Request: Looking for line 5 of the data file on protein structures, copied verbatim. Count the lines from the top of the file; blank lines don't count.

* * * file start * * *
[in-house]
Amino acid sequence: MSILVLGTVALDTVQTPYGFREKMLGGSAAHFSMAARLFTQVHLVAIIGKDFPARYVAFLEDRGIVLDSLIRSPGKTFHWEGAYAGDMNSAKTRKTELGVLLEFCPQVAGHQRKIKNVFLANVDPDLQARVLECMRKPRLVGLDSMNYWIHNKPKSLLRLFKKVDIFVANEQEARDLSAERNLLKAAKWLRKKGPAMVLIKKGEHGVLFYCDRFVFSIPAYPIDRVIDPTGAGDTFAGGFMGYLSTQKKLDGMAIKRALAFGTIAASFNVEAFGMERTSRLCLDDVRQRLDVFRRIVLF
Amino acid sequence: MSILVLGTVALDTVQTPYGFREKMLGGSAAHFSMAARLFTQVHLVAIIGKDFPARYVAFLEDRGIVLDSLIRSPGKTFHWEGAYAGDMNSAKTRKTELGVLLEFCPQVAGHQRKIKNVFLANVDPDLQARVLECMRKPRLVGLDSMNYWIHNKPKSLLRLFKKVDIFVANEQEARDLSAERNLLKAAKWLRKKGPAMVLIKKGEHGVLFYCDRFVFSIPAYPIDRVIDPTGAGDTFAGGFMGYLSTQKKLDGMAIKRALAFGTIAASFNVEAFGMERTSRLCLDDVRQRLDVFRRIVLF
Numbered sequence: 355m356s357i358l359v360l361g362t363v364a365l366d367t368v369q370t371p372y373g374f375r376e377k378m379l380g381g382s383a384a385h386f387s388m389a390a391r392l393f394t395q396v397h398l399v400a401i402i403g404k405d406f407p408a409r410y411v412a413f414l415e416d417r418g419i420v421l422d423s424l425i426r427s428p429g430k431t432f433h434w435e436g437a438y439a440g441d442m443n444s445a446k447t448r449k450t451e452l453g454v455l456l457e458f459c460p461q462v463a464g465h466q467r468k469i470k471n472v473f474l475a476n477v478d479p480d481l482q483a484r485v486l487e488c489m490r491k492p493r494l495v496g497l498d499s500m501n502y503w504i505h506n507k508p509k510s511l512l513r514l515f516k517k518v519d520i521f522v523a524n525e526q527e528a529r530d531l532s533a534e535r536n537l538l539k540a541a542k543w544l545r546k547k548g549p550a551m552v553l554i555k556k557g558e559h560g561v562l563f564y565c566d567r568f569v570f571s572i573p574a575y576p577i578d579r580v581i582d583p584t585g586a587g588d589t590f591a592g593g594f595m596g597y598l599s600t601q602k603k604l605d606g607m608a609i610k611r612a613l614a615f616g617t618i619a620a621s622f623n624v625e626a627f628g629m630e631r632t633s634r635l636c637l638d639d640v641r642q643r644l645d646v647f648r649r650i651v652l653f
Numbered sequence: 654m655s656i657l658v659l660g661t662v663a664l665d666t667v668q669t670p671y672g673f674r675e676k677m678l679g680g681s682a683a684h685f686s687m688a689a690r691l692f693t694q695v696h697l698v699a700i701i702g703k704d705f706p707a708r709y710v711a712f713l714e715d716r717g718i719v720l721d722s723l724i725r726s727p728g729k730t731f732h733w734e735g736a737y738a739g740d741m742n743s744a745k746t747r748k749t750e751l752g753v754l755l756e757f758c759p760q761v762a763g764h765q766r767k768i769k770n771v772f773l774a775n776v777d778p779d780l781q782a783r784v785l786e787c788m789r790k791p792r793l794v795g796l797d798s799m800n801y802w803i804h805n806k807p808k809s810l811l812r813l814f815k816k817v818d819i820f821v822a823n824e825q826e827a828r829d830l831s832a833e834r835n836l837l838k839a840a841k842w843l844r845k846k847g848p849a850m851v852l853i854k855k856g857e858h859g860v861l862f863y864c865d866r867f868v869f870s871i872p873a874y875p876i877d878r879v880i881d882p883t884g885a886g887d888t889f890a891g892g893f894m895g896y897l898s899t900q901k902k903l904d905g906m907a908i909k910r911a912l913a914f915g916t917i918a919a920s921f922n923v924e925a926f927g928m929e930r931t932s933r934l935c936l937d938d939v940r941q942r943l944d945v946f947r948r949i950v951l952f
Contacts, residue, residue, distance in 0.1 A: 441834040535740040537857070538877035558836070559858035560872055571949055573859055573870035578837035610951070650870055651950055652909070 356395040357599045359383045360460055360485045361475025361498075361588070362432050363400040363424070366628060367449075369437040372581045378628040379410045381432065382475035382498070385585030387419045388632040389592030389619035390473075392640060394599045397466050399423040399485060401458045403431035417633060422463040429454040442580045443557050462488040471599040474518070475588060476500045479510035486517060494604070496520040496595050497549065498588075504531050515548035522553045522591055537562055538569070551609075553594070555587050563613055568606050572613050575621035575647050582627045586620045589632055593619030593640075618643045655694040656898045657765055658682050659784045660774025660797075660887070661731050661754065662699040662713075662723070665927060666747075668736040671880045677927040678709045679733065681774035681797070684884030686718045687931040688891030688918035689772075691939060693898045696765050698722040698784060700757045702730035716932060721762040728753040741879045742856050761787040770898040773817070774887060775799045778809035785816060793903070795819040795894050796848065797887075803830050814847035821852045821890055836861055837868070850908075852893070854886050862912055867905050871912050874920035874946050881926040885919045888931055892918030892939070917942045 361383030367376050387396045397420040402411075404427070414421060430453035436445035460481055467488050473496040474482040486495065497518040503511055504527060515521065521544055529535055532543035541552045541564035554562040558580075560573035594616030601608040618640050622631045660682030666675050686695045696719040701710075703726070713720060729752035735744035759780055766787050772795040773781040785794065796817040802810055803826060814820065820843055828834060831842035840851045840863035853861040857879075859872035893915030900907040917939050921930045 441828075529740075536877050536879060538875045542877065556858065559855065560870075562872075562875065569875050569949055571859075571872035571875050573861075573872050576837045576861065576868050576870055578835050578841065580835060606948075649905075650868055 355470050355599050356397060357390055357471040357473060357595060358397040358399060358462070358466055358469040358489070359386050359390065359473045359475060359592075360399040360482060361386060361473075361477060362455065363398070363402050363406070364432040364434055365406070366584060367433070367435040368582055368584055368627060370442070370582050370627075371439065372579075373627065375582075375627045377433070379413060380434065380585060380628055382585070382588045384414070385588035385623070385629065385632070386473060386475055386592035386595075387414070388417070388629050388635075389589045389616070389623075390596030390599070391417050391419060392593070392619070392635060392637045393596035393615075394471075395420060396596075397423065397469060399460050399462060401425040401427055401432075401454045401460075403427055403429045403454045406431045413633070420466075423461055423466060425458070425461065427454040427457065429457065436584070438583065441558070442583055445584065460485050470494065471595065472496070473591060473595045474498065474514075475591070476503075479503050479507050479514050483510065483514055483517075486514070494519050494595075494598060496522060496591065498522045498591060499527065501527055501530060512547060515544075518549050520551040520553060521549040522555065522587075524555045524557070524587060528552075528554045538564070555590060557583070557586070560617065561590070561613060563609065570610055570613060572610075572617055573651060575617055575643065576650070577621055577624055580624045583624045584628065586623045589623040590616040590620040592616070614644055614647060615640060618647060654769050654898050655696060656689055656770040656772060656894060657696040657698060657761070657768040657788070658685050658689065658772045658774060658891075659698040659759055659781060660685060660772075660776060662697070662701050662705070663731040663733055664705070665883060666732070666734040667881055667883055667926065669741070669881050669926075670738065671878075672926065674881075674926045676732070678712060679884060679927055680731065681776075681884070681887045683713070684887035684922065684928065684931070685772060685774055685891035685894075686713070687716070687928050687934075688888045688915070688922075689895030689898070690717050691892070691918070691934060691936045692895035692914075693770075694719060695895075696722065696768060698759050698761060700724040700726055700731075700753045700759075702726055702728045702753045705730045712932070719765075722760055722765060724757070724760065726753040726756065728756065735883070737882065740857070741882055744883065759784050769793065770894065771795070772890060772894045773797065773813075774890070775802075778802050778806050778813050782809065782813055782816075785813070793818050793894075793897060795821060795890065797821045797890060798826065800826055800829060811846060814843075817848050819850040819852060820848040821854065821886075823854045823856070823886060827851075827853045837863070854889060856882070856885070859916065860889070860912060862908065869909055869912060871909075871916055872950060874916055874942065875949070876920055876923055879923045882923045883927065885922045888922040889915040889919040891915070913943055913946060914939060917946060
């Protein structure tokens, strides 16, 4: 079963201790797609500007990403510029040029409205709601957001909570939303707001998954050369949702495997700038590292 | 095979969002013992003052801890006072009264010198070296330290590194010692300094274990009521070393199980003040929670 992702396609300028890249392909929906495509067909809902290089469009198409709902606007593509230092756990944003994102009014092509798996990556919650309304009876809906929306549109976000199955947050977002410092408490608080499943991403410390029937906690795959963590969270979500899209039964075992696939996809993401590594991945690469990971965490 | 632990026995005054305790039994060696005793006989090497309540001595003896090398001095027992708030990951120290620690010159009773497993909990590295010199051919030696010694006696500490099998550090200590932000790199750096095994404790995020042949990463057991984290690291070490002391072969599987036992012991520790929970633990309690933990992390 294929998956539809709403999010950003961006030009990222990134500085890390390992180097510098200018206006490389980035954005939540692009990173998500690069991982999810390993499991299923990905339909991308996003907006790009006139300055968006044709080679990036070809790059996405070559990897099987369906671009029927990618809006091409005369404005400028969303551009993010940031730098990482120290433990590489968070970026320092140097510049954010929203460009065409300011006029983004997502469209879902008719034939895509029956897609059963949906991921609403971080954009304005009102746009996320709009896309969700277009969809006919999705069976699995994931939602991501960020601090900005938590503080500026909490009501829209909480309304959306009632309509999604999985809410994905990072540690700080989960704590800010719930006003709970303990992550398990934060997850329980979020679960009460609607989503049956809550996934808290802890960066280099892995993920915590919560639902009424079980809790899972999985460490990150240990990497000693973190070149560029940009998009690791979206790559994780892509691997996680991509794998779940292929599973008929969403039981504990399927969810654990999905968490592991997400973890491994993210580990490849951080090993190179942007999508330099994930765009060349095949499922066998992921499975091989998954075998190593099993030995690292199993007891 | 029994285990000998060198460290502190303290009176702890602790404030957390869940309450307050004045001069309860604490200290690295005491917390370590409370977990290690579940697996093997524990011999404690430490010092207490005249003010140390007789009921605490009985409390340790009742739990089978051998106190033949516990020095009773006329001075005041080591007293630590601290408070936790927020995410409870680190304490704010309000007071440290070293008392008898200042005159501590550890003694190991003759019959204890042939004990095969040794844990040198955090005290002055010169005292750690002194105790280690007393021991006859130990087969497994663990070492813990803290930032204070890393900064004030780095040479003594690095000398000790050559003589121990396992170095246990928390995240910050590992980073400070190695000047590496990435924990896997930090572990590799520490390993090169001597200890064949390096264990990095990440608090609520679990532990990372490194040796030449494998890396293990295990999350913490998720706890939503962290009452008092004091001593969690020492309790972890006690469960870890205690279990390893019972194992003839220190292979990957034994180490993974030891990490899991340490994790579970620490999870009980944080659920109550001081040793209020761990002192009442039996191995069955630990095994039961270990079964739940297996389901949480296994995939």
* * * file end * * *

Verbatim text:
Numbered sequence: 654m655s656i657l658v659l660g661t662v663a664l665d666t667v668q669t670p671y672g673f674r675e676k677m678l679g680g681s682a683a684h685f686s687m688a689a690r691l692f693t694q695v696h697l698v699a700i701i702g703k704d705f706p707a708r709y710v711a712f713l714e715d716r717g718i719v720l721d722s723l724i725r726s727p728g729k730t731f732h733w734e735g736a737y738a739g740d741m742n743s744a745k746t747r748k749t750e751l752g753v754l755l756e757f758c759p760q761v762a763g764h765q766r767k768i769k770n771v772f773l774a775n776v777d778p779d780l781q782a783r784v785l786e787c788m789r790k791p792r793l794v795g796l797d798s799m800n801y802w803i804h805n806k807p808k809s810l811l812r813l814f815k816k817v818d819i820f821v822a823n824e825q826e827a828r829d830l831s832a833e834r835n836l837l838k839a840a841k842w843l844r845k846k847g848p849a850m851v852l853i854k855k856g857e858h859g860v861l862f863y864c865d866r867f868v869f870s871i872p873a874y875p876i877d878r879v880i881d882p883t884g885a886g887d888t889f890a891g892g893f894m895g896y897l898s899t900q901k902k903l904d905g906m907a908i909k910r911a912l913a914f915g916t917i918a919a920s921f922n923v924e925a926f927g928m929e930r931t932s933r934l935c936l937d938d939v940r941q942r943l944d945v946f947r948r949i950v951l952f